It’s been a constant for me for as long as I can remember (though dormice in teapots have been remarkable by their absence).

Constant right from being a child, when we regularly had afternoon tea at my grandparents, all fine china and salmon and something slithery my step-grandma called ‘shape’, or when we went on celebratory trips, all dressed up, to Betty’s of York. Then it persisted, in a bastard but equally enjoyable form, though college – Fitzbillies cakes and crumpets cooked by being slapped onto the bars of a gas fire – and my first years down in London, where I indulged at Fortnum and Mason; I know, I know, but I worked almost next door. It was a marked feature of holidays in Ireland and of holidays in Yorkshire.

(An Irish friend developed a Yorkshire–English phrase dictionary. This included such phrases as ‘let’s just stop for a cup of tea’, which was translated as ‘let’s just stop for a few buckets of tea, a sandwich, an unfeasibly large scone and a ginormous piece of chocolate cake’. I can’t think what she was going on about, really… it’s not unique to North Yorkshire. And nor were the arguments about who was paying, either. Think about Mrs Doyle and Mrs Dineen slugging it out over afternoon tea payment in Father Ted. and you’ve got about the right image – er, apart from our appearance, that is. We were both goddesses and neither of us wore a hat.)

But it’s not a constant now – or not in the classic sense. We seem to have lost the habit of afternoon tea. Or perhaps it’s just changed (and got infintely, unbelievably expensive if you will have it at the Ritz). No more devilled kidneys, no more sitting down over cucumber sandwiches with the crusts cut off, no more smoked salmon pinwheels. When did you last see a three-tier stand with sandwiches on one layer, little scones in the middle and elegant small cakes on the final one? Rather than one filled with lurid cupcakes or, more latterly, equally lurid macarons?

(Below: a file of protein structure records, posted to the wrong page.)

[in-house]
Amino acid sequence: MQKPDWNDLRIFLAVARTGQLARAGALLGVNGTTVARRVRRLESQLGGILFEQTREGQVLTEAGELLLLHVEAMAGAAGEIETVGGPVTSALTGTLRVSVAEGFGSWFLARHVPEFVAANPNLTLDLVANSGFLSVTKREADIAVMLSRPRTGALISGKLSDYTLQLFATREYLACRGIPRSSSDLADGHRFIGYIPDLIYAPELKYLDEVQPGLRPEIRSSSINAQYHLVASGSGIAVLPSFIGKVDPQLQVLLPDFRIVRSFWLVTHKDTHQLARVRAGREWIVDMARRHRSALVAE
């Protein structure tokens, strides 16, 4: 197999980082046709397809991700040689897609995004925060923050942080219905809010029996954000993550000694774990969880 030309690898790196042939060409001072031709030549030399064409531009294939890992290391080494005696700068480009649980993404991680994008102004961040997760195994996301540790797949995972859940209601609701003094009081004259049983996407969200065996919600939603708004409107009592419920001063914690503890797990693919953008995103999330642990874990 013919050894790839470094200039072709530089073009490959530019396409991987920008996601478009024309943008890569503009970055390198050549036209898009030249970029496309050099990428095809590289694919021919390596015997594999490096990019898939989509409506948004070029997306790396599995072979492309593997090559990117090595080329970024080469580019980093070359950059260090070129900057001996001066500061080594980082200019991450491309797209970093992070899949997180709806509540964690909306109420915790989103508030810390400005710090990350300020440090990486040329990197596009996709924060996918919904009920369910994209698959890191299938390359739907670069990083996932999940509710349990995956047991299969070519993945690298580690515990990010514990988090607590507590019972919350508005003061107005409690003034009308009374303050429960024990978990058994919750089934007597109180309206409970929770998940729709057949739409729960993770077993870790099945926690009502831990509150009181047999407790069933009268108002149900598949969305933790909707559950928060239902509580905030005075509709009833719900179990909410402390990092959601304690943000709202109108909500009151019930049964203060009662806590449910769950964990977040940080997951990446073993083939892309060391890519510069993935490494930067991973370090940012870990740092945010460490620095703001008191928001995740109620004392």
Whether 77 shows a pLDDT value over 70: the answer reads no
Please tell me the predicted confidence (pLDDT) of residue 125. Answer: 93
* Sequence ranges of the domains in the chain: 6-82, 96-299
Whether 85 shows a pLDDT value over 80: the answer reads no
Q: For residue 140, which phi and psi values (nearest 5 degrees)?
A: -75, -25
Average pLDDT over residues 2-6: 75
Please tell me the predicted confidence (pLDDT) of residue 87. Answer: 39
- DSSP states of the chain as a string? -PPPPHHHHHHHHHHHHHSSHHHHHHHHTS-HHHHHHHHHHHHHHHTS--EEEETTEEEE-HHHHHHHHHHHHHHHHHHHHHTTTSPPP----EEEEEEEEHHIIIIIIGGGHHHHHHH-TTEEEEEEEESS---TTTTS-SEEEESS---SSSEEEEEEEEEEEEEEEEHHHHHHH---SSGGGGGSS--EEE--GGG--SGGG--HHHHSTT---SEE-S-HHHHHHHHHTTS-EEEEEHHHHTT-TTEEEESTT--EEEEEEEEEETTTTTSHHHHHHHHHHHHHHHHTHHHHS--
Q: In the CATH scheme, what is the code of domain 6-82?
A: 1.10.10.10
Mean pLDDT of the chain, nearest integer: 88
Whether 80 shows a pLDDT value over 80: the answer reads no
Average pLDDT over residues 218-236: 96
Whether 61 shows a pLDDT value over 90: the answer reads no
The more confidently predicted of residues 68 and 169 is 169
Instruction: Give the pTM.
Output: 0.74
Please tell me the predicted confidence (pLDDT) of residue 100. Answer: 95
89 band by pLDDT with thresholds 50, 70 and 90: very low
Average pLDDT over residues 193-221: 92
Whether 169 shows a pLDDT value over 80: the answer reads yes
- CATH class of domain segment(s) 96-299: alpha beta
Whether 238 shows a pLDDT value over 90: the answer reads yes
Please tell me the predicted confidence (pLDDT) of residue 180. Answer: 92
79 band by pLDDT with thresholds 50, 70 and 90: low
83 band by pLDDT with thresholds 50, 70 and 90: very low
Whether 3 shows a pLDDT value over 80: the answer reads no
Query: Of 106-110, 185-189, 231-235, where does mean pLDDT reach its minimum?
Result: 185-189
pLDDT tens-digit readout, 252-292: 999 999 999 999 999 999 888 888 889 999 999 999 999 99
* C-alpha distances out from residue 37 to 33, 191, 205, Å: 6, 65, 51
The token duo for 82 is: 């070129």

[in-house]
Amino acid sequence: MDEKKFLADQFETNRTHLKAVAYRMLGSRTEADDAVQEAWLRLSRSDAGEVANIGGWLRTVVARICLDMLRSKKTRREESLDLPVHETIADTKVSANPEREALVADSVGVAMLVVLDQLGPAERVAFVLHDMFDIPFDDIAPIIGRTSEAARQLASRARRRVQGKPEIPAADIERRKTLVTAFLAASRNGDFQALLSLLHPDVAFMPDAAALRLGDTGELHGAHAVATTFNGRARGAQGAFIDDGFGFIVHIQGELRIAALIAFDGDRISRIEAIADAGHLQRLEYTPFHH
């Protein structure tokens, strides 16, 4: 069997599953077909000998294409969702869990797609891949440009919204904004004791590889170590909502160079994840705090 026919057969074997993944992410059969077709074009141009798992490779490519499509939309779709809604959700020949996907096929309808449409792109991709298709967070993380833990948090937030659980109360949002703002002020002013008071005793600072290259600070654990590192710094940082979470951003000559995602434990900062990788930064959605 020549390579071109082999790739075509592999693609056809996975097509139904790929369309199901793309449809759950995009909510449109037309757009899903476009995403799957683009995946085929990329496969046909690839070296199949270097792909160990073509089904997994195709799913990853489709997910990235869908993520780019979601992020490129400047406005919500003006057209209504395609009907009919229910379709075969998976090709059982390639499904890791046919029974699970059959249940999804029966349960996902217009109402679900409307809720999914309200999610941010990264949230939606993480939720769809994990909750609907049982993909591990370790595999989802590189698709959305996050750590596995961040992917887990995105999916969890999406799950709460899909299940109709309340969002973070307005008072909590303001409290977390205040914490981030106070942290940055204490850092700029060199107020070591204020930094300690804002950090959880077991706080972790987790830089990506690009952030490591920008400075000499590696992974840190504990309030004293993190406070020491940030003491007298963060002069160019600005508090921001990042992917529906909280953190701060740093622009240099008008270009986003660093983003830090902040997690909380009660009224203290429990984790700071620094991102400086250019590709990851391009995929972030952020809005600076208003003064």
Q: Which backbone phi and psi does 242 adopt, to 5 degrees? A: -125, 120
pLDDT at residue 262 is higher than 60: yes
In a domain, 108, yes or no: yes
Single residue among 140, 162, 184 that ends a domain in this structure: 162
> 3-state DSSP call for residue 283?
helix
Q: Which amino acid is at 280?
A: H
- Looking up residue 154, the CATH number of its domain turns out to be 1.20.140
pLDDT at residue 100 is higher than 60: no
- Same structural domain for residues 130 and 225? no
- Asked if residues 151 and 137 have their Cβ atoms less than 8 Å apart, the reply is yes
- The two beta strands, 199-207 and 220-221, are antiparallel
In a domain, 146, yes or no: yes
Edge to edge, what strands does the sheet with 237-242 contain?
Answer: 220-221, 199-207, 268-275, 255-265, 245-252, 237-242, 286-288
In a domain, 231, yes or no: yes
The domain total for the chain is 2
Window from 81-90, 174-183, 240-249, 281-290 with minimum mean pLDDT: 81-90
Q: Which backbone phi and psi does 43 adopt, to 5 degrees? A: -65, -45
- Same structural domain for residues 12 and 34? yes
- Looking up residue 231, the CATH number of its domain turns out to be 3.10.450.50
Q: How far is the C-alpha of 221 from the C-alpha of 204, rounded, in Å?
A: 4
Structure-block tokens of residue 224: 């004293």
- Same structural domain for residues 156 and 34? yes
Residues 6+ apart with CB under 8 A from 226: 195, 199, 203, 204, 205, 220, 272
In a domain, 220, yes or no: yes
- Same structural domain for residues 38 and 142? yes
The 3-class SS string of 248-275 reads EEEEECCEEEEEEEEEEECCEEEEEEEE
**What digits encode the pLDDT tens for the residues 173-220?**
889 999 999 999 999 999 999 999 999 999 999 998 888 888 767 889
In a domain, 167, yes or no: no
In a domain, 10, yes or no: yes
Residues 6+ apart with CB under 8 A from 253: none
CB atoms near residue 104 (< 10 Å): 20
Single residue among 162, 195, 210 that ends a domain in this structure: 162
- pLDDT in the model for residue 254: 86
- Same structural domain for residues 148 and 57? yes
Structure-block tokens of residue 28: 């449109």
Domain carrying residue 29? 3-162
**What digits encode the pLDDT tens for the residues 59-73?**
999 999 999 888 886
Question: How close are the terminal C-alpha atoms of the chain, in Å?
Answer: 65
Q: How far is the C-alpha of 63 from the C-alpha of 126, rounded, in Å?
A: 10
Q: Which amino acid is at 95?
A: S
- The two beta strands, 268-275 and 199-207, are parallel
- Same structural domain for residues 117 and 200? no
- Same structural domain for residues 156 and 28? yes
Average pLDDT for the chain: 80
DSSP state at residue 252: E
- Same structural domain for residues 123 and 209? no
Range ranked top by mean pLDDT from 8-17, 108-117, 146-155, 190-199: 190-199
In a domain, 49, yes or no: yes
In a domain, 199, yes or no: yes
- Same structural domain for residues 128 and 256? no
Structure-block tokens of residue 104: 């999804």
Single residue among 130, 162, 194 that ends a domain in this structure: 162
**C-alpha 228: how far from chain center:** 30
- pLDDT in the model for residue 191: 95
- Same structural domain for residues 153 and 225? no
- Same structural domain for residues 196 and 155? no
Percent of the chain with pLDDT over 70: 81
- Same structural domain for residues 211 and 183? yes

But there’s a lot more ‘meeting up for a coffee and a cake’ going on (and notice the pattern on the oilcloth – referencing afternoon tea):

coffee and cake

Perhaps we’ve turned Viennese, with our kaffee und kuchen instead. I’m not decrying that; I love it, it’s really enjoyable and damn near perfect when you’ve got good places to go like the Llew Glas Deli In Harlech and T H Cafe in Dolgellau (though there can be a downside, which I’ve moaned about elsewhere).

There’s no doubt that there’s a baking revival underway, with the Great British Bake Off, things like the Clandestine Cake Club and the popularity of cupcakes (they’re not popular with me, though: I detest the oversweet, sticky, tasting-of-damn-all-except-sugar, squishy little sugar transporters – and no apologies for repeating ‘sugar’, either). And there’s been an increased interest in good tea, too. But it seems to me that the interest in afternoon tea as such is more style than substance. So far.

Maybe it is time for a 1980s-style revival of the 1930s interpretation of the nineteenth-century tradition of afternoon tea. Maybe we need to be hunting out those china three-tier cake stands in junk shops and using them as they were intended to be used, and laundering damask tablecloths. Maybe we need to revisit parts of the 1980s – not the hair or the politics, please – and go full throttle for reinventing the British tradition of afternoon tea. It’s ideal, sometimes. If you’re going out in the evening, why rush over eating a meal which then leaves you doubled-up with indigestion in the theatre? Why not have a good afternoon tea instead? Oh, I know, work. It gets in the way of so much. But perhaps we could introduce proper afternoon tea breaks? Just a thought. No more polystyrene, get out the bone china. Yo!

well, quite

(I’m sorry about this. I found it on Pinterest, sans credit, and couldn’t resist…
Those animals are stuffed, and possibly the child too.)

There are more than two coffee shops in Wales…

Way back in January of last year, one national – hah, allegedly – newspaper published a list of the fifty best independent coffee shops in the UK. Wales, apparently, has – wait for it – two. Both in Cardiff. At least they restricted their choice of London coffee shops to ten, but there were still more in the EC postcode area than in the whole of Wales. Hello?

Now this might have been acceptable, or even vaguely accurate, about twenty years ago (then again no, it wouldn’t have been either) but today it is merely lazy and complacent. There are plenty of good independents. Plenty. Even in small towns like those near me. OK, there are some bad ones and some which are merely indifferent. But there are some which are stonkingly good.